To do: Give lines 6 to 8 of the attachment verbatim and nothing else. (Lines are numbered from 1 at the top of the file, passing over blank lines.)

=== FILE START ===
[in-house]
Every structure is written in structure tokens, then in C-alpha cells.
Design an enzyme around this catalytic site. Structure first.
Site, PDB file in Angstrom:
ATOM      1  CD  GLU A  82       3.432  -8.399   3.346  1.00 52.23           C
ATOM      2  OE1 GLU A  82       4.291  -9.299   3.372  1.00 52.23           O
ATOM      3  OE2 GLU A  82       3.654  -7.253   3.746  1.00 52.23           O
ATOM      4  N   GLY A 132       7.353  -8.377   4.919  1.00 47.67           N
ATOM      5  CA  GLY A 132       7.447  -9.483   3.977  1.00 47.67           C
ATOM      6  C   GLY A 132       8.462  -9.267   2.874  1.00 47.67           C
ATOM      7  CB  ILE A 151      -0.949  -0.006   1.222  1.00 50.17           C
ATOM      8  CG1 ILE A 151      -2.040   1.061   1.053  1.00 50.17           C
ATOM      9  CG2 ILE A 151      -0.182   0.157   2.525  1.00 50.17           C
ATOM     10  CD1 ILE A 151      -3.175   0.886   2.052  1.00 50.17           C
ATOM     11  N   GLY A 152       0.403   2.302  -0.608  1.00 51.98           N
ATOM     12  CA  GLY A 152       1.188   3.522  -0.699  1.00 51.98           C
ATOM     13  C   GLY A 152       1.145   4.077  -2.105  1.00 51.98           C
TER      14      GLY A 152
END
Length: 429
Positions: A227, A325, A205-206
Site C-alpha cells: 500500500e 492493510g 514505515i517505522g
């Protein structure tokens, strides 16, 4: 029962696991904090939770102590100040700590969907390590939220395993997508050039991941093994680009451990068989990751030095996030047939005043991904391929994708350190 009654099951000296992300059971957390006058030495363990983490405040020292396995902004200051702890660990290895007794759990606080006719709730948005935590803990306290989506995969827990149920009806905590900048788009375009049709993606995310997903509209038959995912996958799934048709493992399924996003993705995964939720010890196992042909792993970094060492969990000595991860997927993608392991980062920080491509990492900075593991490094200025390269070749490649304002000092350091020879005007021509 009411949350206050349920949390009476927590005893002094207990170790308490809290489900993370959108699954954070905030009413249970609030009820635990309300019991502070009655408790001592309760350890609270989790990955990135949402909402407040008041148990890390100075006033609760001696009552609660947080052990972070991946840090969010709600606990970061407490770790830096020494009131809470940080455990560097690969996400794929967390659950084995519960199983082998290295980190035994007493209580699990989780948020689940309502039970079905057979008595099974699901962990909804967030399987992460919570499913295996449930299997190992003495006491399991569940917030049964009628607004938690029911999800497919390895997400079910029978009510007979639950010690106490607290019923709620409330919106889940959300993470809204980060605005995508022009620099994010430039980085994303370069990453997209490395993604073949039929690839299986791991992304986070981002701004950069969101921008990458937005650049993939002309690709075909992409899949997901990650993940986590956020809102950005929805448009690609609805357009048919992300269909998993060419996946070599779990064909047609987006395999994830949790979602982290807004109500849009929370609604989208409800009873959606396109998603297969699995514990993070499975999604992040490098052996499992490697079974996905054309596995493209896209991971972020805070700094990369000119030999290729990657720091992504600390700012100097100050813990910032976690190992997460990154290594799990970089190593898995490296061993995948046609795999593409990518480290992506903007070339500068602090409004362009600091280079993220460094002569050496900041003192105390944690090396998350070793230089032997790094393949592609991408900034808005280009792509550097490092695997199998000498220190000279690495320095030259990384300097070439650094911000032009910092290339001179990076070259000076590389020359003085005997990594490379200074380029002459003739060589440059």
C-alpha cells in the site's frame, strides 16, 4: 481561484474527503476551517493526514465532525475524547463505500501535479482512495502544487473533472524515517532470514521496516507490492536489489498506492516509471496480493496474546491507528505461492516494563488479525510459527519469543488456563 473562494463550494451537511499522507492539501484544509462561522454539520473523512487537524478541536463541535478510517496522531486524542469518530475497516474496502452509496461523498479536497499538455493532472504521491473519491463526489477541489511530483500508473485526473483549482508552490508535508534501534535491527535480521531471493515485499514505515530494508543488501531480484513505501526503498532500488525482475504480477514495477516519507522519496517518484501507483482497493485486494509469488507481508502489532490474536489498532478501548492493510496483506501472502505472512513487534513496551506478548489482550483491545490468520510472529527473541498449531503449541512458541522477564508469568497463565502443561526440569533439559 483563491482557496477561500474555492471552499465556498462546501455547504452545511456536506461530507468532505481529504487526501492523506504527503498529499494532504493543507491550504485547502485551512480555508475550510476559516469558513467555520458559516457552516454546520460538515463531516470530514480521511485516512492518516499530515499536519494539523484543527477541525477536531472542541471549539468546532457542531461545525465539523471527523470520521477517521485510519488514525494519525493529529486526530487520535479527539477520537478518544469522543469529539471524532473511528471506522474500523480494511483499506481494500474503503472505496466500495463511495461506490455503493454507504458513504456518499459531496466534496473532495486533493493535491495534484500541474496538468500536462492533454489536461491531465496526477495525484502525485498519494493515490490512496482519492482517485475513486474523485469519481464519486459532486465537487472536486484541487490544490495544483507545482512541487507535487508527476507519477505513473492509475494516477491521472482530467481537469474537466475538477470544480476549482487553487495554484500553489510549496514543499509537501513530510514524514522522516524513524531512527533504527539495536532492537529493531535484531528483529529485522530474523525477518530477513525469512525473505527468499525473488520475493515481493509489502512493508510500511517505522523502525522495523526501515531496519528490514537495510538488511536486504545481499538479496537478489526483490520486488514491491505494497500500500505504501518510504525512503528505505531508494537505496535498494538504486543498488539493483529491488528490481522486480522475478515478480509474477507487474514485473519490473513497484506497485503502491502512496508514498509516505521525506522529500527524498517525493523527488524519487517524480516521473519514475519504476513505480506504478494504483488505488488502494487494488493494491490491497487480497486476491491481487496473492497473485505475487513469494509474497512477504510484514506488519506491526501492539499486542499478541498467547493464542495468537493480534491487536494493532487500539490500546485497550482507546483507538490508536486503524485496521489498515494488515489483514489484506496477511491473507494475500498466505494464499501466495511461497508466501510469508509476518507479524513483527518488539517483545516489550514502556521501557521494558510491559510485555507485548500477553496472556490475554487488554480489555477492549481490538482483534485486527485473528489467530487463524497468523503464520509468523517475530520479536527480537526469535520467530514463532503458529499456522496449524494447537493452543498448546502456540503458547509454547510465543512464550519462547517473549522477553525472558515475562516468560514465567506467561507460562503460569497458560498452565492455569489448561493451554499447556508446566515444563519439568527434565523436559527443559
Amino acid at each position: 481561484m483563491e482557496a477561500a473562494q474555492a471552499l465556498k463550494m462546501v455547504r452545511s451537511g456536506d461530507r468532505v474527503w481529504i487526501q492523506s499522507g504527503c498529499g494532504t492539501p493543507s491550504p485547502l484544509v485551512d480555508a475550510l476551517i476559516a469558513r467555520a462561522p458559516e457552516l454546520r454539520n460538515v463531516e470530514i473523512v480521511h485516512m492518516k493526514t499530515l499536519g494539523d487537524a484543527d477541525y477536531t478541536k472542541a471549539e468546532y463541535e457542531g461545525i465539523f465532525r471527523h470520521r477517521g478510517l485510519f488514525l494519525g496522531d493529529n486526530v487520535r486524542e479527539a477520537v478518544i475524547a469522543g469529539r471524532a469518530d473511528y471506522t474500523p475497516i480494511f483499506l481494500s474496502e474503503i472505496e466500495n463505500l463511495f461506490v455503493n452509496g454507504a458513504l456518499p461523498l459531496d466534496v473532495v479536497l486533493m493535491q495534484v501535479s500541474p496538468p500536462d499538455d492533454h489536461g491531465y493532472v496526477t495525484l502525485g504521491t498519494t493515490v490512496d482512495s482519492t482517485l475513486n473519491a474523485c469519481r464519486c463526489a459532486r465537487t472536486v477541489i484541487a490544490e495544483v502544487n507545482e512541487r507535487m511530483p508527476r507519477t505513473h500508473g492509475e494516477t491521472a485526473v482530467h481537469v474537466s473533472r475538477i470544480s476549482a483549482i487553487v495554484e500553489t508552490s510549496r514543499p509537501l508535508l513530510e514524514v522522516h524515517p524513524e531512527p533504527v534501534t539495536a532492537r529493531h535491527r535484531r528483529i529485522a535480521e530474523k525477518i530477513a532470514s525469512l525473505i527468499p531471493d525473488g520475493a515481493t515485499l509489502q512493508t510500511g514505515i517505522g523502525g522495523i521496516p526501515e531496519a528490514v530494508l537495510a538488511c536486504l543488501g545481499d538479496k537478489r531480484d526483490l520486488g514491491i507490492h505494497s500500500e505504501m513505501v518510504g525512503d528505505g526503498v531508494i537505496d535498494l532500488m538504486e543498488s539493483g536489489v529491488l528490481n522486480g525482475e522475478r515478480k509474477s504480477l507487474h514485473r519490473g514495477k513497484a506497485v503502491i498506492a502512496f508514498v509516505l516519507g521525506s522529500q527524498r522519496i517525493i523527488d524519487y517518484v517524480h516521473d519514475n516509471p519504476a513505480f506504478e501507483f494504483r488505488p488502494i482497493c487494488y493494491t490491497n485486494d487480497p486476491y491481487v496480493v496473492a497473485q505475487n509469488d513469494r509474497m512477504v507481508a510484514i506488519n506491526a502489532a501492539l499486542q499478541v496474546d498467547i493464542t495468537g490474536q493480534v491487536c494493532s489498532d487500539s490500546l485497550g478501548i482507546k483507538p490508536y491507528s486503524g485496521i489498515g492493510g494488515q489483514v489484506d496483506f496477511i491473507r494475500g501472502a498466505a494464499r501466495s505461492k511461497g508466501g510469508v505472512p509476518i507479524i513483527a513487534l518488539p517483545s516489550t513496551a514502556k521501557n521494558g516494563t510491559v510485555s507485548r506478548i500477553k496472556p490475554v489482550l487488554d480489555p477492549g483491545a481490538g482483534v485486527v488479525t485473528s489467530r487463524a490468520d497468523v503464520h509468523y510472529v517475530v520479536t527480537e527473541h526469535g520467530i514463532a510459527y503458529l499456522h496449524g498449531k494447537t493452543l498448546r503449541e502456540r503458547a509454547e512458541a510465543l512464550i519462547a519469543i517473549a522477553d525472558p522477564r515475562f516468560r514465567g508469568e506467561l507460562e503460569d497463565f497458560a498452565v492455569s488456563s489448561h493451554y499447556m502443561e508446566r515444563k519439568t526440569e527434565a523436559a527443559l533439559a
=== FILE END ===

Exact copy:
ATOM      2  OE1 GLU A  82       4.291  -9.299   3.372  1.00 52.23           O
ATOM      3  OE2 GLU A  82       3.654  -7.253   3.746  1.00 52.23           O
ATOM      4  N   GLY A 132       7.353  -8.377   4.919  1.00 47.67           N